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Obama pays tribute to the fallen of Sept. 11, 2001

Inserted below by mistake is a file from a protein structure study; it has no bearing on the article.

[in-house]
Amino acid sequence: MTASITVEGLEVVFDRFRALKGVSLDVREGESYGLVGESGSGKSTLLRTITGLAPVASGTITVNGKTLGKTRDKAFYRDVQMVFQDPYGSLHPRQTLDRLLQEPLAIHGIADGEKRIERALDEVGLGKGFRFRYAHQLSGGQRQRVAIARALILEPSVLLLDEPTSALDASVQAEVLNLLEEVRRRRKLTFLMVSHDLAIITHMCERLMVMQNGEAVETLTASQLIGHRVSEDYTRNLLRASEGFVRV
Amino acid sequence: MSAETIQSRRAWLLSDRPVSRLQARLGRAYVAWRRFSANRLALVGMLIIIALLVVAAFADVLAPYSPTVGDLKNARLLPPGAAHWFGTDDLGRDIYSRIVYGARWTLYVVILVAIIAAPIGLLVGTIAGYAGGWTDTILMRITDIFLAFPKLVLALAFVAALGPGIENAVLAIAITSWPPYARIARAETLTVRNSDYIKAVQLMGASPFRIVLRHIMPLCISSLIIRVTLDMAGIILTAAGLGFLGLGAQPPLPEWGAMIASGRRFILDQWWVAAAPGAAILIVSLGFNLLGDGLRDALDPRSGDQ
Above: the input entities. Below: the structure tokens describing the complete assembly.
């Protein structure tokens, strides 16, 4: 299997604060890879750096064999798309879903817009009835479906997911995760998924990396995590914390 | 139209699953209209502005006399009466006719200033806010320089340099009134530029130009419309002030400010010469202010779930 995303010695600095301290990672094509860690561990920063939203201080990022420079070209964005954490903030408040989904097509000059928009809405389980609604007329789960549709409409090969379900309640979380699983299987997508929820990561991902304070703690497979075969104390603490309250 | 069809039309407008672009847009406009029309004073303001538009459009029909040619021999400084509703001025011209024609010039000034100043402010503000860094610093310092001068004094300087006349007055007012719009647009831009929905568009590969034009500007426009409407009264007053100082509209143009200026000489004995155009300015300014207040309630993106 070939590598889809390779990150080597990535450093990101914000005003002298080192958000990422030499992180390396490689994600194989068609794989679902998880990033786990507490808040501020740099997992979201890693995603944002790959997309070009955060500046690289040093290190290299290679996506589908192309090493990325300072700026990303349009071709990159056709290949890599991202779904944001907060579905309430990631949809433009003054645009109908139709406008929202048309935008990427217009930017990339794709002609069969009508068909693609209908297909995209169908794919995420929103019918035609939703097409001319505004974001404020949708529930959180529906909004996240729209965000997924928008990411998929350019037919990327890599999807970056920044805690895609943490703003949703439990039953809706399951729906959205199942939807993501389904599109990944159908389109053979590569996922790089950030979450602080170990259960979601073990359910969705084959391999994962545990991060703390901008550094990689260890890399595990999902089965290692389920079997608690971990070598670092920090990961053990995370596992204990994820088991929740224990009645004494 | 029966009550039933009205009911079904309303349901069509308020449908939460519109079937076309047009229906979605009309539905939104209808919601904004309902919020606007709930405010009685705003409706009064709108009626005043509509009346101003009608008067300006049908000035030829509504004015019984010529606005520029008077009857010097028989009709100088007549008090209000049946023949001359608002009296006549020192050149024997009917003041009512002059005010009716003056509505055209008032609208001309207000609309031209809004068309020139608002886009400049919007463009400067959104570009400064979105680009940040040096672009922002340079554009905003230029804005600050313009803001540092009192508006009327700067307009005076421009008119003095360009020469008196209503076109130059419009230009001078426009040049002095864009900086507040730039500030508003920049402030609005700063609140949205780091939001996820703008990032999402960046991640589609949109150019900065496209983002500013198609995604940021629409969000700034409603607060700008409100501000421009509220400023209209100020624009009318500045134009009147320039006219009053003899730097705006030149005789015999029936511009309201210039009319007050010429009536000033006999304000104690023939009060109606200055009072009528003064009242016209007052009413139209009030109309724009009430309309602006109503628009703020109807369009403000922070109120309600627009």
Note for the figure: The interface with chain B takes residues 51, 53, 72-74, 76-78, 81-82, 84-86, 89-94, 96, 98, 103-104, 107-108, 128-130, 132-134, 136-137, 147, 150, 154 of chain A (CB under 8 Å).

WASHINGTON (AP) — For President Barack Obama, the prospect of more U.S. military action in the Middle East hangs over his observance today of the anniversary of the September 11th attacks. During a ceremony at the Pentagon, he vowed to "defend our nation" against the threats that endure, even though they may be different than the ones that faced the country 12 years ago today. He said, "Let us have the wisdom to know that while force is sometimes necessary, force alone cannot build the world we seek." Among those gathered at the Pentagon were family members of those killed 12 years ago today. Many wore red, white and blue striped ribbons, and some cried as the president spoke. Obama said, "Our hearts still ache for the futures snatched away, the lives that might have been." The president also paid tribute to the four Americans who were killed one year ago today in an attack on a U.S. compound in Benghazi, Libya. He asked the country to pray for those who "serve in dangerous posts." Obama began the day with a somber remembrance at the White House. Along with first lady Michelle Obama, Vice President Joe Biden and wife Jill Biden, Obama stood on the South Lawn to observe a moment of silence at 8:46 a.m., the moment when the first plane hit the World Trade Center.



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